Father’s protesting against unjust treatment over child arrangements made in the UK Family Courts has been going on for 50-years. The main complaint is the unfair apportionment of time fathers are given to spend with their children after separation or divorce - something over which there are no laws. Despite the absence of any rules, the UK State systematically refuses shared-parenting requests if opposed by a resident-parent, (that is whoever children reside with at the start of a dispute, which is nearly always the mother).
Shared-parenting means a child recognizing two homes, with a minimum of one-third of their non-educational time spent with either biological parent. This division of time is not arbitrary. Research by W. V. Fabricius et al, Arizona State University, 2011, [Parenting time, parent conflict, parent-child relationships, and children’s physical health], found that only ‘sufficient’ parenting-time with both biological parents, following divorce or separation, alleviates a 30% increased risk of harm. ‘Sufficient’ was measured as being between 35-65% of a child’s time, and the harm referred to was found to be such things as:
· A higher risk of the child abusing drugs and/or alcohol.
· A greater chance of experimenting with risky-sex, and in girls a greater prevalence of extramarital teenage-pregnancy.
· Statistically lower than the norm grouping of educational performance.
· Once grown-up, an increased occurrence of physical illness, or a more severe occurrence of genetically predisposed conditions, associated with an overactive stress response system.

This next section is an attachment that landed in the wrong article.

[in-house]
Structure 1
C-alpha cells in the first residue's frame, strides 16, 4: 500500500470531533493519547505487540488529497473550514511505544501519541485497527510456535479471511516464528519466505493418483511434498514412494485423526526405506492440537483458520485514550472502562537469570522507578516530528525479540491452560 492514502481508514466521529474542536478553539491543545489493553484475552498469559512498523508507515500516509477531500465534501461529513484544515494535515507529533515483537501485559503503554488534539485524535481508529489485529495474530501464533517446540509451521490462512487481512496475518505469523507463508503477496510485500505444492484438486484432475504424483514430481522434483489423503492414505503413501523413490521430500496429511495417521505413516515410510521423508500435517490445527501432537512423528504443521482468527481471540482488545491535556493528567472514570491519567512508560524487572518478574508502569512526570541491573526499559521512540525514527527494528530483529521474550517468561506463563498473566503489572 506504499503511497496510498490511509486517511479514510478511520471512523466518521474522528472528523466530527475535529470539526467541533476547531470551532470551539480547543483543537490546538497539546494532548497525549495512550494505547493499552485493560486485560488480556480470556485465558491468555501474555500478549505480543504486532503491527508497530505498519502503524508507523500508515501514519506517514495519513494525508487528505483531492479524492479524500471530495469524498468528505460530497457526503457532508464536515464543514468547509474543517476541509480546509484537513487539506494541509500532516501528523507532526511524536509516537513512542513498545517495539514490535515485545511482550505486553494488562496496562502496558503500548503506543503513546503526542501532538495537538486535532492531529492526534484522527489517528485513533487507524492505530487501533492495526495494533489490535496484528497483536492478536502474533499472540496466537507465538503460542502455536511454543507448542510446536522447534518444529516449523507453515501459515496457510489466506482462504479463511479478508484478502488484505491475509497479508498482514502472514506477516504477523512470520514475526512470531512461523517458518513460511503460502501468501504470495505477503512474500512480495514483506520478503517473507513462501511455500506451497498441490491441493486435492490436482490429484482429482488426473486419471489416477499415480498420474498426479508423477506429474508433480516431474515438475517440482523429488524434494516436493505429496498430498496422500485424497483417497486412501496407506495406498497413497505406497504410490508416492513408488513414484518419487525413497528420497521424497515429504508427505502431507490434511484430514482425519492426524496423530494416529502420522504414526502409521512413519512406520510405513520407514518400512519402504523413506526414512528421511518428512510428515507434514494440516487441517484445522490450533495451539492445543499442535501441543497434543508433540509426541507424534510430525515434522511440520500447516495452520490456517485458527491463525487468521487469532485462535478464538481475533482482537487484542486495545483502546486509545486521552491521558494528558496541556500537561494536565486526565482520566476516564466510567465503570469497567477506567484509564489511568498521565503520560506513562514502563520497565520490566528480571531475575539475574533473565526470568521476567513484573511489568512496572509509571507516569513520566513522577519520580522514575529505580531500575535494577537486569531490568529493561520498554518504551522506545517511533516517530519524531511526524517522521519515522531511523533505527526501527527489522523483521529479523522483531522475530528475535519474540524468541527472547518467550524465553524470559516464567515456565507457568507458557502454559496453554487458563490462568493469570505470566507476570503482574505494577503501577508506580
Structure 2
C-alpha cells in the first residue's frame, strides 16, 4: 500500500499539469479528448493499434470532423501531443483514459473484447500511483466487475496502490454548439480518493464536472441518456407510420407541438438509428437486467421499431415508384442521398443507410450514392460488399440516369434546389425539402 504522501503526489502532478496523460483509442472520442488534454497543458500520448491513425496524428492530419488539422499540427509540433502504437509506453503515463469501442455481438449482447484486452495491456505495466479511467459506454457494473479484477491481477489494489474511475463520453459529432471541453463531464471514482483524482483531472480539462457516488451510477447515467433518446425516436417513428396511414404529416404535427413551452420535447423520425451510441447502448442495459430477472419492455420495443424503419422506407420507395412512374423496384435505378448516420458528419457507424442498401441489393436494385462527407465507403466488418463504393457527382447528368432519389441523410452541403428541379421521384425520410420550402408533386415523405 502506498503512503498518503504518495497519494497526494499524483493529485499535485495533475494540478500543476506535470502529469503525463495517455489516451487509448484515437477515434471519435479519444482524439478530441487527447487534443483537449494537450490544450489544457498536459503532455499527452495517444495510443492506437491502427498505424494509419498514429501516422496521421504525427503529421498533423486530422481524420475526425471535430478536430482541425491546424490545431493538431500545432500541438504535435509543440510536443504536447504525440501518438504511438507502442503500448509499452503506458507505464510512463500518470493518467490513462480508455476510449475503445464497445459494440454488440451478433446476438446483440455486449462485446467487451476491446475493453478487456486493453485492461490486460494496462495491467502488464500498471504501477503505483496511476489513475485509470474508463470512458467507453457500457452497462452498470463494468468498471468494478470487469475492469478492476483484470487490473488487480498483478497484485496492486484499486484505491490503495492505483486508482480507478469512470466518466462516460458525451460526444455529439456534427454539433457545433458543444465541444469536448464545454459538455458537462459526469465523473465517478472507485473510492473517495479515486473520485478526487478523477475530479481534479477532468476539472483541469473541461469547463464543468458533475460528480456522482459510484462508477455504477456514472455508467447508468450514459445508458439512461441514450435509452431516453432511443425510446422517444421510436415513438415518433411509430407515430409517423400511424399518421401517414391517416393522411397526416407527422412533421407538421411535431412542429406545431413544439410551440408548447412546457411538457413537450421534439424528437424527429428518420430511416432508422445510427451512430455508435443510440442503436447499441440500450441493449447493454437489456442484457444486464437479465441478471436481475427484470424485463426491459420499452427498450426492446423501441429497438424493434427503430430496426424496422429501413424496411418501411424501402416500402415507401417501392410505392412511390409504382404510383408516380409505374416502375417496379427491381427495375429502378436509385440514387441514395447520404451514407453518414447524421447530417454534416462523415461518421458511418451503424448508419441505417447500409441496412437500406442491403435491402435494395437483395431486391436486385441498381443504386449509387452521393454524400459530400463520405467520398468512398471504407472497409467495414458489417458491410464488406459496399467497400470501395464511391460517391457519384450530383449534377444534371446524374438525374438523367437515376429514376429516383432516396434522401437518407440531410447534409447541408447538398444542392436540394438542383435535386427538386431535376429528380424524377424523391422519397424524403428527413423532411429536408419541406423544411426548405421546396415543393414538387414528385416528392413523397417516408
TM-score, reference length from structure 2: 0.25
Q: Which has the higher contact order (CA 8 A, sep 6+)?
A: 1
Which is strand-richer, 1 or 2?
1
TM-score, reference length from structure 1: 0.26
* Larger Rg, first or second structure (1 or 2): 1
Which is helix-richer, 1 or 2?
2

· Greater than normal occurrence of mental disorders in later life.
· Higher risk of being alienated from their own children in later life as well as higher risk of having relationship breakdowns themselves, including divorce or separation.
· Greater occurrence of unemployment than the norm, once adult.
Whether you buy the above Science or not, any parent who has been forcibly denied adequate contact with his or her own children will know the damage such separation does, both to the parent and children.
Lobbying for change in the Family Courts could have been a solution for this injustice. Lobbying does normally help change society. However, in this case lobbying (most notably by Justice4Fathers and FNF) has failed, despite it having worked elsewhere, most notably in Australia in 2006. In the UK, a 2006-2013 review of shared-parenting has been completed, one which involved: a Family Justice Review Committee, chaired by David Norgrove, a Ministerial Task Force on Childhood and the Family, chaired by Prime-Minister David Cameron, and a Bill Review Committee for the Children and Family Act 2014. All these institutions reconsidered the idea of shared-parenting being the default ruling in the Family Courts, and this motion was soundly defeated.
Unfortunately for children in the UK, lobbyists for the opposing view to shared-parenting (that all a child needs is his or her mother) are approximately 100 times better funded (mostly by siphoning Local Government funds meant for women in distress) than Father’s Rights Organizations, and they have better connections in the UK media and the Civil Service. What is more, the cause, for justice for fathers and their children, has poor popular-appeal. Half the UK population is content with gender-bias in the Family Courts, and of the male gender, only a fifth have children at home, and of these, (like smokers and cancer), most believe tragedy will not happen to them (or it has happened, and they want to forget it).